Likewise in 2017, Signa sold the first of three components of Austria Campus to PGIM Real Estate by way of a forward purchase for a purchase price of more than €500 million. The building with a total gross rental area of more than 200,00 square metres will become the new headquarter of UniCredit Bank Austria who will also be the main tenant.

ii Private equity particularities

The number and volume of Austrian private equity and venture capital funds is well below the European average. Nevertheless, transactions by private equity investors rose slightly from 18 to 20 deals in 2017 as compared to 2016. The Austrian Private Equity and Venture Capital Organisation (AVCO) also reported an increase in the private equity fundraising to €197 million (so that the fundraising is now again comparable to the level of 2012 after the significant decreases in 2013 and 2014). The allocation between private equity investors may be summarised as follows:

• governmental agencies: 36.4 per cent (2016: 100 per cent; 2015: 21.2 per cent);

• banks: 31.8 per cent (2016: zero per cent; 2015: zero per cent);

• insurance companies: 12.9 per cent (2016: zero per cent; 2015: zero per cent);

• corporate investors: 7.6 per cent (2016: zero per cent; 2015: zero per cent);

• unclassified: 5 per cent (2016: zero per cent; 2015: zero per cent);

• private individuals: 4.2 per cent (2016: zero per cent; 2015: 74.3 per cent);

• funds of funds: 1.5 per cent (2016: zero per cent; 2015: zero per cent); and

• family offices: 0.5 per cent (2016: zero per cent; 2015: zero per cent).

Pension funds (2017: zero per cent; 2016: zero per cent), academic institutions (2017: zero per cent; 2016: zero per cent), capital markets (2017: zero per cent; 2016: zero per cent), endowments and foundations (2017: zero per cent; 2016: zero per cent), other asset managers (including PE houses other than fund of funds) (2017: zero per cent; 2016: zero per cent) and sovereign wealth funds (2017: zero per cent; 2016: zero per cent) were not relevant for the Austrian private equity market.

The SME Financing Act 2017, which aims to establish a more advantageous taxation system for investors, was published on 26 July 2017. Accordingly, dividends of up to €15,000 annually are exempt from capital gains, resulting in a maximum tax relief of €4,125 per investor per calendar year. It remains to be seen whether this new legislation will have a positive impact on fundraising activities. Further, after federal elections in 2017, the new Austrian government declared in its government programme (which has political rather than legal relevance) its intention to strengthen the private equity sector as a part of its strategy to bolster the economic position of Austria including by emphasising its intention to incentivising venture capital as an overall economic strategy.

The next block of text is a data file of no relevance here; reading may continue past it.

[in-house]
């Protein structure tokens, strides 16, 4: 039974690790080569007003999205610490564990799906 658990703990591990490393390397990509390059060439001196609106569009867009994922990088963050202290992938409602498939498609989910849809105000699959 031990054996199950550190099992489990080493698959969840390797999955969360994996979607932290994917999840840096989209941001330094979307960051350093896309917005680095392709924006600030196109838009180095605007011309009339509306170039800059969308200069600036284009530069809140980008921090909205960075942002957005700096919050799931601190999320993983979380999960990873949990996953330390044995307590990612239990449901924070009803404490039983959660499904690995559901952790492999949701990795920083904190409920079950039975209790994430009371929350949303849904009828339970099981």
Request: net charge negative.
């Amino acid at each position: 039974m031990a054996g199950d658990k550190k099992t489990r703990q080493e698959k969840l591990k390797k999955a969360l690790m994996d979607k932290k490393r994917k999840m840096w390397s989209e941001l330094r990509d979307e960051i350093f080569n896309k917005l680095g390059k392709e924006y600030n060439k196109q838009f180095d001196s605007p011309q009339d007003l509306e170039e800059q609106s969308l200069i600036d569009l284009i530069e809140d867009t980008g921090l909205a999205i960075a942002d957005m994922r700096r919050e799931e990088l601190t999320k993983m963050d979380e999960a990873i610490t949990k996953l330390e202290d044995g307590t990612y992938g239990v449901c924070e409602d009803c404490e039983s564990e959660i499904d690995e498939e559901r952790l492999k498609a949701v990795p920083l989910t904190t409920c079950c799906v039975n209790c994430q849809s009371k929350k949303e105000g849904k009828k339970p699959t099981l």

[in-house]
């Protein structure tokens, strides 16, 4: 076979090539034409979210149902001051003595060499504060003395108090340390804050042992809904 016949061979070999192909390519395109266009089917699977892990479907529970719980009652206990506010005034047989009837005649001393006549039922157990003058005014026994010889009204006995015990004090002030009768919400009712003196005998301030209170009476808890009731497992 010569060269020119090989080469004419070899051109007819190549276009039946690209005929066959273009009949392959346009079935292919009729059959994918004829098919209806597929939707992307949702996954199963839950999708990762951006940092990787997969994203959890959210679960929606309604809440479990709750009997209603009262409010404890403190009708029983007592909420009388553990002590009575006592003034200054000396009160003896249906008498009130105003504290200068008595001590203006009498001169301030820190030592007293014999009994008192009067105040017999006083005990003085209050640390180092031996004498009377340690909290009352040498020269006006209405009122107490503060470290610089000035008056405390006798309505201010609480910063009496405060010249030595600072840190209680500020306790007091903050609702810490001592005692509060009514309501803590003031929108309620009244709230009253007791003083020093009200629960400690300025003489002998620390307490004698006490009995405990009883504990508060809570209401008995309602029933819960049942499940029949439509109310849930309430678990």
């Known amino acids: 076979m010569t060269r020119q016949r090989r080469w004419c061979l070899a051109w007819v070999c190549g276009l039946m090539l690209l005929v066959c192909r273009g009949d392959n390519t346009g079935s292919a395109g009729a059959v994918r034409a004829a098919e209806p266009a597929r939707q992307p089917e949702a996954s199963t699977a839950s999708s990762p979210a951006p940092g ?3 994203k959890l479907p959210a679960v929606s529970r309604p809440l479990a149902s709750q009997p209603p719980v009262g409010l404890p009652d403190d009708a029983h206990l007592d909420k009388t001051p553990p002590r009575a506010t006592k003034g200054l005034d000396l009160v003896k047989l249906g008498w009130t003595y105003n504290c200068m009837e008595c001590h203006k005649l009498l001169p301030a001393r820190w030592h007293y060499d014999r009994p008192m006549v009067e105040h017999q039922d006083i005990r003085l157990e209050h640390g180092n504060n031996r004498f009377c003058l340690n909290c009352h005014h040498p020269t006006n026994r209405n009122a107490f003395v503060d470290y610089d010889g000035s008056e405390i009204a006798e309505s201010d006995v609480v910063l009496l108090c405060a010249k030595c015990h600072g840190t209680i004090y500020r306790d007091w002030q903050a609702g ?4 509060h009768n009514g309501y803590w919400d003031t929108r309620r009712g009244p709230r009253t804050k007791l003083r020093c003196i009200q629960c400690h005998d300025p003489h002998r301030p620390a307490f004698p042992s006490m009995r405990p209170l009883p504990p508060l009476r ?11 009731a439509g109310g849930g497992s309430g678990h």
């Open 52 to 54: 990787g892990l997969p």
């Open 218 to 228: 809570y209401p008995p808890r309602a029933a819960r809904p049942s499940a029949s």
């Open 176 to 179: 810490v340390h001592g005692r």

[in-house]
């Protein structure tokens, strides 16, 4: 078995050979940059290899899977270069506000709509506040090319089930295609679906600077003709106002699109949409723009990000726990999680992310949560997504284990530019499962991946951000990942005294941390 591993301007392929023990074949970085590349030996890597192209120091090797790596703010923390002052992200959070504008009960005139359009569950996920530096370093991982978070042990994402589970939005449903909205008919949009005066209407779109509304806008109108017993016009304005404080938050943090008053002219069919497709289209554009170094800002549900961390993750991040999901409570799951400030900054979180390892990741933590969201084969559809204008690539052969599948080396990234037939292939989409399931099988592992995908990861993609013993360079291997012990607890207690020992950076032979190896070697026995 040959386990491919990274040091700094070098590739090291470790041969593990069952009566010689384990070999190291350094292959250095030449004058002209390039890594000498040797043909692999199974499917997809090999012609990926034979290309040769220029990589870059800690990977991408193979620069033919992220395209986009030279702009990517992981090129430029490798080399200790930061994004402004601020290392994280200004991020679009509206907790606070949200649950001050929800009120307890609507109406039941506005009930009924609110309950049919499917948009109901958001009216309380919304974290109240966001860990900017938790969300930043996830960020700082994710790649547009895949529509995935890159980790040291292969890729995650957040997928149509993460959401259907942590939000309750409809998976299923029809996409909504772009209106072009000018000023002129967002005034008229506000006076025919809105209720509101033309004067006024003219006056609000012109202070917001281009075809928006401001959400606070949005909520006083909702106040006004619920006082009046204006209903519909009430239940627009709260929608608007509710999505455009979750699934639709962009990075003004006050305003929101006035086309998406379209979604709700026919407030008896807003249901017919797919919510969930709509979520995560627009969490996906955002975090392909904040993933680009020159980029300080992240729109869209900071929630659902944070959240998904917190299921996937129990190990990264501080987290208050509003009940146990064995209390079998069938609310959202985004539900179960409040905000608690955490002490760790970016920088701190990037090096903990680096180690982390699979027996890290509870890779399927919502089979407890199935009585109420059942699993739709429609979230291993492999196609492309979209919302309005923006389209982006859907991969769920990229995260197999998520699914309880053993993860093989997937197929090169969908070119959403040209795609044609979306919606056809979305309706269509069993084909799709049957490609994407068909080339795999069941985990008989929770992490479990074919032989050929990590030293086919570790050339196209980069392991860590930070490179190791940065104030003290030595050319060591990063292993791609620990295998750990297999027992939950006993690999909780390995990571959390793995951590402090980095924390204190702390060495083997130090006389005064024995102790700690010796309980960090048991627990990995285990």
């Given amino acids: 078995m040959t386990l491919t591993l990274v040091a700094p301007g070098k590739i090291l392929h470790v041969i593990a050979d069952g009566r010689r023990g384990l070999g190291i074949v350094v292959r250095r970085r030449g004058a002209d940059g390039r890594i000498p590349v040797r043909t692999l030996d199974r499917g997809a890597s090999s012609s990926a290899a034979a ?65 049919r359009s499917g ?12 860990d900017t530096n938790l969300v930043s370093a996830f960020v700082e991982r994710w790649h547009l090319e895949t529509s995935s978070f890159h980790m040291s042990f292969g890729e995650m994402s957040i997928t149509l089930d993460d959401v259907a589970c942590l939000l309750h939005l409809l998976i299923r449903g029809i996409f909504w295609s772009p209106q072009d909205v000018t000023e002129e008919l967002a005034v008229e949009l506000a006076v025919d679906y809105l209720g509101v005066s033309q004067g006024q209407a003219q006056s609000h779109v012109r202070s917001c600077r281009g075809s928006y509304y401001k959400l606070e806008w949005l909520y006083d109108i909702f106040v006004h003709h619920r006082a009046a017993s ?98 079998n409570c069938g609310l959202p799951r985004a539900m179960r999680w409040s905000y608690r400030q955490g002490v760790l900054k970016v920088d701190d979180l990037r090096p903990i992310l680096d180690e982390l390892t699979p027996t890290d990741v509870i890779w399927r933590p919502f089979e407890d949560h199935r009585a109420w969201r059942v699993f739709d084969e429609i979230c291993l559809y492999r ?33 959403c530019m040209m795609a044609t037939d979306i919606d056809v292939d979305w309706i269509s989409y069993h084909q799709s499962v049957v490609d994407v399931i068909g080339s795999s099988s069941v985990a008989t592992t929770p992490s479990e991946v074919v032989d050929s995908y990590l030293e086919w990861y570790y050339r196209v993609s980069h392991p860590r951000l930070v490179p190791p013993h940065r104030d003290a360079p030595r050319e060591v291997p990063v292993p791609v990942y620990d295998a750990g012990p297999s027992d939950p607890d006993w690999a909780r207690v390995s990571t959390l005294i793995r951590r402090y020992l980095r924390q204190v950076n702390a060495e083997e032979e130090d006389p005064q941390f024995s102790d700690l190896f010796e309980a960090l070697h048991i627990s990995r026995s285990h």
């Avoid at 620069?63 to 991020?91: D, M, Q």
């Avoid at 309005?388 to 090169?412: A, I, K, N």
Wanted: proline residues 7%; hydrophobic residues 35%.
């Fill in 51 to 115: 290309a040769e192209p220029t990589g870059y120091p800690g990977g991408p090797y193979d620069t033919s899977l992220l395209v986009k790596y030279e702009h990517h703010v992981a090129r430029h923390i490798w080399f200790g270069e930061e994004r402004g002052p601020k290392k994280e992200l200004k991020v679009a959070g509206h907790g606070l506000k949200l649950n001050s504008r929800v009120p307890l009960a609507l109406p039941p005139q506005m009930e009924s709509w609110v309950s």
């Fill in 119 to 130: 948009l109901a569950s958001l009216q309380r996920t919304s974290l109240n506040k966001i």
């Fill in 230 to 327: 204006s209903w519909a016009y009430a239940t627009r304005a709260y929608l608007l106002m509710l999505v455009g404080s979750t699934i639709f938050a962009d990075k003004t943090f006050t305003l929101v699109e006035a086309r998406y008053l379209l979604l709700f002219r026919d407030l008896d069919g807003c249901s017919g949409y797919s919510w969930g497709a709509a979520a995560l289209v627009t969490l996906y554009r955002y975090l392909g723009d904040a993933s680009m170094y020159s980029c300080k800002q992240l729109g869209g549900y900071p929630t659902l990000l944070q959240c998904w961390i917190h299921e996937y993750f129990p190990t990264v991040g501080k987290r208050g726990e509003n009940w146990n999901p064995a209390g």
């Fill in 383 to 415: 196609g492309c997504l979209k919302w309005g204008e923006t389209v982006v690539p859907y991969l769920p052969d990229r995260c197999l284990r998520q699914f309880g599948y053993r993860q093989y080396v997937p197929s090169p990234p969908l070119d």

i Publicly traded REITs and REOCs – structure and role in the market

While real estate investment trusts (REITs) are common to many jurisdictions, this structure has not yet been incorporated into the Austrian legal system.

Choice of company structure is highly tax driven. For the purposes of indirect real estate investments in Austria, there are available general stock corporations that operate as real estate operating companies (REOCs) (such as Immofinanz, Conwert and CA Immobilien), as well as open and closed-ended real estate investment funds. Profits of Austrian REOCs are subject to Austrian corporate income tax at a flat rate of 25 per cent. Profits distributed to investors, as far as natural persons are concerned, are additionally subject to Austrian capital gains tax at a flat rate of 25 per cent. This is the reason the majority of the Vienna-listed real estate stock corporations do not distribute dividends to their investors but rather tend to retain profits for reinvestment. Investors merely profit through the appreciation of the stock, which is subject to general market fluctuations. Therefore, certain investors consider this reinvestment policy to be a disadvantage.

As an alternative to investments in public real estate stock corporations, the legislator established a new real estate funds investment vehicle in 2003 through the Austrian Real Estate Investment Fund Act, with a view to providing tax advantages comparable to those of REITs in other jurisdictions. While shares in an Austrian real estate investment fund are not allowed to be offered on a stock exchange, they are obliged to pay out dividends upon the shareholder’s request (to the extent provided by the regulations of the fund concerned, and with certain exceptions allowing dividends to be carried forward for up to two years). The fund itself is not subject to corporate income tax; effective distributions as well as fictitious distributions of retained profits are subject to income tax at shareholder level. It is important to note that not only balance sheet profits derived from real estate, such as income from rent, but also 80 per cent of the increase in value of invested real estate is subject to taxation (even if not yet realised). For this purpose, the total asset value of a real estate fund has to be determined at least once a year by two independent experts. The related costs of yearly valuation and the taxation of unrealised profits are considered to be major disadvantages, especially if the fund is not able to generate an adequate return on investment.